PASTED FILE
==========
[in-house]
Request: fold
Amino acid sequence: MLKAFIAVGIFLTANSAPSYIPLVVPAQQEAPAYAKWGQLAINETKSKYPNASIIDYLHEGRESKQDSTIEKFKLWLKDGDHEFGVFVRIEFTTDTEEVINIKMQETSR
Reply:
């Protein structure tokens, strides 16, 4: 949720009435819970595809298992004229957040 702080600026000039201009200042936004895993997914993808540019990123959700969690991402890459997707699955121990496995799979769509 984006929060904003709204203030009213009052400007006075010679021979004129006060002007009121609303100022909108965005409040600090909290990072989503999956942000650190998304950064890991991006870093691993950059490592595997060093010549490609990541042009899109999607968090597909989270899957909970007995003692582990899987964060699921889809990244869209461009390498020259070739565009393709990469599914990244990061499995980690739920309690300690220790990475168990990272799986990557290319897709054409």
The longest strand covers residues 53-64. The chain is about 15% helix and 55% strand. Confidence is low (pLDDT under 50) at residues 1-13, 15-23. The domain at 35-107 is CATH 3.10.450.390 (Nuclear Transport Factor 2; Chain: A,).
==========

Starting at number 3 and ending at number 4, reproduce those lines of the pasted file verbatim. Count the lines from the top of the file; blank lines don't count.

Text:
Amino acid sequence: MLKAFIAVGIFLTANSAPSYIPLVVPAQQEAPAYAKWGQLAINETKSKYPNASIIDYLHEGRESKQDSTIEKFKLWLKDGDHEFGVFVRIEFTTDTEEVINIKMQETSR
Reply: